The Loudoun County School Board on Tuesday finalized a series of reductions to balance its nearly $1.3 billion fiscal year 2020 operating budget, making up a $2.1 million shortfall as a result of receiving less state funding than anticipated.
Most of the $2.1 million—nearly 80 percent—is being covered by shifting around unspent fiscal year 2019 funds, covering the year from July 2018 to June 2019. The amount needed to achieve a balanced budget is relatively small, noted Assistant Superintendent Sharon Willoughby, pointing out that last year’s reconciliation process involved finding $14 million. This year, the county Board of Supervisors fully funded the School Board’s local tax funding request.
The fiscal year 2020 operating budget is nearly 8 percent higher than last year’s version at $94.5 million. The additional funding will allow the county to maintain current class sizes and open two new schools this fall, Waxpool Elementary School and Independence High School. LCPS is also planning to open another school in fall 2020, Lightridge High School near Aldie.
In their final adjustments, staff members identified three areas in which program costs will be lower than the budgeted figures, including saving $39,000 in the creation of a full-time position to advance equity and cultural competence throughout the school system. The board had earmarked $200,000 for the position, and after finalizing the job description, it established with a salary of $161,000.
Superintendent Eric Williams also recommended pulling $100,000 from the fiscal year 2019 textbooks and digital resources budget and replacing it next year. “This would be a priority purchase for appropriated, unspent fiscal year 2020 funds,” he stated.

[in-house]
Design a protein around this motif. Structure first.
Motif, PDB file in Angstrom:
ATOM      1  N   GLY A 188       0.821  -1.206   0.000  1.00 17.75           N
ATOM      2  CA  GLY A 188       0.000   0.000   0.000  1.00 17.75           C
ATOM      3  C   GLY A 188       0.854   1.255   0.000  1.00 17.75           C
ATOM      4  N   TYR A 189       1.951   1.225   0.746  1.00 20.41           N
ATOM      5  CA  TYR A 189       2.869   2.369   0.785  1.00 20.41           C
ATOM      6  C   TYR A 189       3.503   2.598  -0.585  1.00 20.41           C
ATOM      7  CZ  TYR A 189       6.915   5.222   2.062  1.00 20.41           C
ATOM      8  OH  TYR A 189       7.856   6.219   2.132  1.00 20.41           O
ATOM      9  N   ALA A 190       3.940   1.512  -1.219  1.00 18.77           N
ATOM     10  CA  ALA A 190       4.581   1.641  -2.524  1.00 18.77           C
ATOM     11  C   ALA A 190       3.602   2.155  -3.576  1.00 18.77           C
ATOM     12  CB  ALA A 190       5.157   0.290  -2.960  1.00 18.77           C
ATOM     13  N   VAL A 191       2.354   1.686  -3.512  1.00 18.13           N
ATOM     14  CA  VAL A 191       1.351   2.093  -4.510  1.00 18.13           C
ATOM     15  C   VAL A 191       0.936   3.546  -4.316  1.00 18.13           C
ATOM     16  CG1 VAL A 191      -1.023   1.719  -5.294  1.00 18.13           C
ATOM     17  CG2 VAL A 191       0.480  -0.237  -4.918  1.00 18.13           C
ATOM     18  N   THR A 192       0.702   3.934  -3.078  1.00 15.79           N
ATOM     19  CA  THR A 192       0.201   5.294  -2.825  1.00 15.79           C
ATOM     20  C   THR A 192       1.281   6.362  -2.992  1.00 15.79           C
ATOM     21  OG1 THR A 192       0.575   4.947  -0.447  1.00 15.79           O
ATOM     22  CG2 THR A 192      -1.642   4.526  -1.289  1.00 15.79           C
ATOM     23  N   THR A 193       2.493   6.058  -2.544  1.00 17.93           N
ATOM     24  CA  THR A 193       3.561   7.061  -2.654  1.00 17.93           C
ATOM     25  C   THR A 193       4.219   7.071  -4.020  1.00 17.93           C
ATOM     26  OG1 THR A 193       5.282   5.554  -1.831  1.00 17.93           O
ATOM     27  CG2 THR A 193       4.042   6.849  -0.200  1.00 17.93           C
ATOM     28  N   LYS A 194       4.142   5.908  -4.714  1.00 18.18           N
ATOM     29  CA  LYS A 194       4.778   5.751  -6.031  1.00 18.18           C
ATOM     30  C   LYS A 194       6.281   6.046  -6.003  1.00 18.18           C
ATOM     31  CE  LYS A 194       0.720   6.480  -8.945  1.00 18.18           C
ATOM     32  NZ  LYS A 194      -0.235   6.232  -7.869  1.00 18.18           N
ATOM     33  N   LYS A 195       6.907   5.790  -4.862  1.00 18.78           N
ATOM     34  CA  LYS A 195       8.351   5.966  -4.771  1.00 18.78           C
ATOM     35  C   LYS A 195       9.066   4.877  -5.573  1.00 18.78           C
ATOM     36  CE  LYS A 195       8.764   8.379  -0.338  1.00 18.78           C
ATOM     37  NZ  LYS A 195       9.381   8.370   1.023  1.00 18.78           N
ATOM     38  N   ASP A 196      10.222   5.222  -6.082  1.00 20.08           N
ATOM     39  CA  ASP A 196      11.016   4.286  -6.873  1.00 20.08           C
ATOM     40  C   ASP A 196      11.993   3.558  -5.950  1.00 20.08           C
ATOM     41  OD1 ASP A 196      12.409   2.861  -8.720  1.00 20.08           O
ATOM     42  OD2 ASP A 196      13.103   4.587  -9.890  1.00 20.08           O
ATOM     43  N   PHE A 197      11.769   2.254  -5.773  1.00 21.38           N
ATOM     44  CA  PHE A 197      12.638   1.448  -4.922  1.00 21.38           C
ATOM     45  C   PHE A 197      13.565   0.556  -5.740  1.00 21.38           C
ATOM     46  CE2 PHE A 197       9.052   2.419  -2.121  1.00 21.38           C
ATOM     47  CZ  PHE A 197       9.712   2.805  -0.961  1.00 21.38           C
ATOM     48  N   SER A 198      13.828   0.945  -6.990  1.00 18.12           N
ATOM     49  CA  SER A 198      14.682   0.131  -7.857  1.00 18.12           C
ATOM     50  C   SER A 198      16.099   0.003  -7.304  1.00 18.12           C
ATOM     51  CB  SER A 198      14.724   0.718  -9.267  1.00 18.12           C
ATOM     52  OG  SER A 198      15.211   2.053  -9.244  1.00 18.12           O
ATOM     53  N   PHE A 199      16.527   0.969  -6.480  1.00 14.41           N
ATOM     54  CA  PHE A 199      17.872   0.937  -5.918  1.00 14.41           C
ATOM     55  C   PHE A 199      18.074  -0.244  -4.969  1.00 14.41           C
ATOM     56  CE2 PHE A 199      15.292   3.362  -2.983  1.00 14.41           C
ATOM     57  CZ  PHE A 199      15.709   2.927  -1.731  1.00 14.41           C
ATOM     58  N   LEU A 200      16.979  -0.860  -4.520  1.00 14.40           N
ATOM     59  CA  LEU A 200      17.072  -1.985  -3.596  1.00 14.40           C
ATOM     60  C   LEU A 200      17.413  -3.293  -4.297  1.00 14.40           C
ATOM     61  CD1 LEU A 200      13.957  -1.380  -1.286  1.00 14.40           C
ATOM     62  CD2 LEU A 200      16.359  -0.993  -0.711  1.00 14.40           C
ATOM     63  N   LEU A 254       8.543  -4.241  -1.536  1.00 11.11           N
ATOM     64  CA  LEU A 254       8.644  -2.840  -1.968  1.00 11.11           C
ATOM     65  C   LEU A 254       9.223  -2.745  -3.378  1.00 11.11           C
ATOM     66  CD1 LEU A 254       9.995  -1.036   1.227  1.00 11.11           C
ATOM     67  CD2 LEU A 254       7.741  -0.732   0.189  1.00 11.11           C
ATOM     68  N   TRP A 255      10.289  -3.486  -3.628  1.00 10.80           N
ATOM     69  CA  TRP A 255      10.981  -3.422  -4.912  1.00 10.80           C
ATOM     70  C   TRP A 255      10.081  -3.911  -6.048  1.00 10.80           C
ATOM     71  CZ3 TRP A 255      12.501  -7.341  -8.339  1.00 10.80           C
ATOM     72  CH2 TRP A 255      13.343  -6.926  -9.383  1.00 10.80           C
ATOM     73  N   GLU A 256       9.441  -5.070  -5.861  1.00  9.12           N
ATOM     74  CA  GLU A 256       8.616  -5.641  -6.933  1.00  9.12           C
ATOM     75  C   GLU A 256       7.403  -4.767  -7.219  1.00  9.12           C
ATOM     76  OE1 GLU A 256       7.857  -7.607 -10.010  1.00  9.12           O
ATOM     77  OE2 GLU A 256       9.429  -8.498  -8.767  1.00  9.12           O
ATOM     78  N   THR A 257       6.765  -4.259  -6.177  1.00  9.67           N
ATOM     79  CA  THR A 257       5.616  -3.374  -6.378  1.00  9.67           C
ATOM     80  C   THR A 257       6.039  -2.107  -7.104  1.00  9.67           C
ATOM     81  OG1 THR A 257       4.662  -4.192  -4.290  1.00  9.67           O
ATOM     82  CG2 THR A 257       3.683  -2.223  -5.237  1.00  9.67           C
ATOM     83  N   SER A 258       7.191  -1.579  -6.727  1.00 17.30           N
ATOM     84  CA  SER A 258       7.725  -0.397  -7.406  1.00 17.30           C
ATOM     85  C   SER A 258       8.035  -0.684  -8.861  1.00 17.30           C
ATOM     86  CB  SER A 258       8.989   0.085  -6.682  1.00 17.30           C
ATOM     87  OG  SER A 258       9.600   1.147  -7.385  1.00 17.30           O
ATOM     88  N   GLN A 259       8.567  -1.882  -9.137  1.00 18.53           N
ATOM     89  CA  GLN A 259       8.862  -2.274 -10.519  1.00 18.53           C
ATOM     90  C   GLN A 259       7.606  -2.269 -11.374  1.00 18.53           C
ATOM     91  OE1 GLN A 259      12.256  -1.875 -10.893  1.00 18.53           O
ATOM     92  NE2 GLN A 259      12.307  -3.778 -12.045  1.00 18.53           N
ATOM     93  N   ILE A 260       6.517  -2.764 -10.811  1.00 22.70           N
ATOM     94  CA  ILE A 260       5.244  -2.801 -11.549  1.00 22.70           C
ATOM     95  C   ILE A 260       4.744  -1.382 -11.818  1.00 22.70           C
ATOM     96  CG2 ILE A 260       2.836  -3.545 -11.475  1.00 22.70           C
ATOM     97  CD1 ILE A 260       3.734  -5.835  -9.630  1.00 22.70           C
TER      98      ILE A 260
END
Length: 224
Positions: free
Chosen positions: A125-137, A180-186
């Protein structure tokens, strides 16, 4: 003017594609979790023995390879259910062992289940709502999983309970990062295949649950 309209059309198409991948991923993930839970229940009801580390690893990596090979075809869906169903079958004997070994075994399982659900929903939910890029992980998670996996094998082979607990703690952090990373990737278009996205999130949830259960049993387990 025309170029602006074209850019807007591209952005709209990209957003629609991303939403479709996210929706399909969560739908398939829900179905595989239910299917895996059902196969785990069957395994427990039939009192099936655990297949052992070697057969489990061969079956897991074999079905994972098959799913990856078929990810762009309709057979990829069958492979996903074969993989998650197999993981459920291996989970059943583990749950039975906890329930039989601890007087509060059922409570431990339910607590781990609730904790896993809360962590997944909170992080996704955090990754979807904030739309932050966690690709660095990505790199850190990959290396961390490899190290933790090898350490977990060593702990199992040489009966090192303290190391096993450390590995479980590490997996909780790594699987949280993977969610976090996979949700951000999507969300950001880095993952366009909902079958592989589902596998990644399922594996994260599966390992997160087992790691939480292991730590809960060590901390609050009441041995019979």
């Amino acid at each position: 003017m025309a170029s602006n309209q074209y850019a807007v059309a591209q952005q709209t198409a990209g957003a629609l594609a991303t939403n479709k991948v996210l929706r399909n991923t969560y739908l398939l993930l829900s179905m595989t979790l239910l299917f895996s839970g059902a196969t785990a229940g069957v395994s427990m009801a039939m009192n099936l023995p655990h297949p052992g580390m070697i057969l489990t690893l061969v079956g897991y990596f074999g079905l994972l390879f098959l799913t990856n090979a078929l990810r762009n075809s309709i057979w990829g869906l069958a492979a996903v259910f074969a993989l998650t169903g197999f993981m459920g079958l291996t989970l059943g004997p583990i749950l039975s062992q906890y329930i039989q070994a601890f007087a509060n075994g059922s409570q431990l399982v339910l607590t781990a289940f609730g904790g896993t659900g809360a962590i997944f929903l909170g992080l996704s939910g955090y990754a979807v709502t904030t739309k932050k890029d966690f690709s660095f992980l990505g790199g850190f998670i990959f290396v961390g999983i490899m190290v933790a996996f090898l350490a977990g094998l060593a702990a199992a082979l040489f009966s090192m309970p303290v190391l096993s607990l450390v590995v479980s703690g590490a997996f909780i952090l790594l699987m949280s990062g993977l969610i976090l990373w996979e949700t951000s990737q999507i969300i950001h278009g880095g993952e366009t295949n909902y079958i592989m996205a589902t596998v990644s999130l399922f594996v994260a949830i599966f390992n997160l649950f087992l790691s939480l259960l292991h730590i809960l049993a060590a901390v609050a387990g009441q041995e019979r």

The final amount not covered by shifting fiscal year 2019 surplus money was related to fuel. The board reduced the current budget related to fuel costs by $300,000, an amount that will be made up through updating actual fuel costs vs. projections related to the 2019 and 2020 budgets.
The remaining $1.72 million shortfall will be replaced with other unspent 2019 funds. This includes $925,000 in equipment to upgrade the school system’s network capabilities; $500,000 for Internet, VPN and DMZ upgrades to improve the school’s data center functionality; more than $250,000 for repair work relating to removing obsolete technology; and around $45,000 for tables and chairs.
Willoughby noted that the funding can easily be covered by the projected $11.4 million carryover from the general fund operating budget designated for FY20. “With $11.4 million, we can absolutely absorb that $1.7 million,” she said.
The School Board is scheduled to formally adopt the budget reconciliation plan at its next meeting.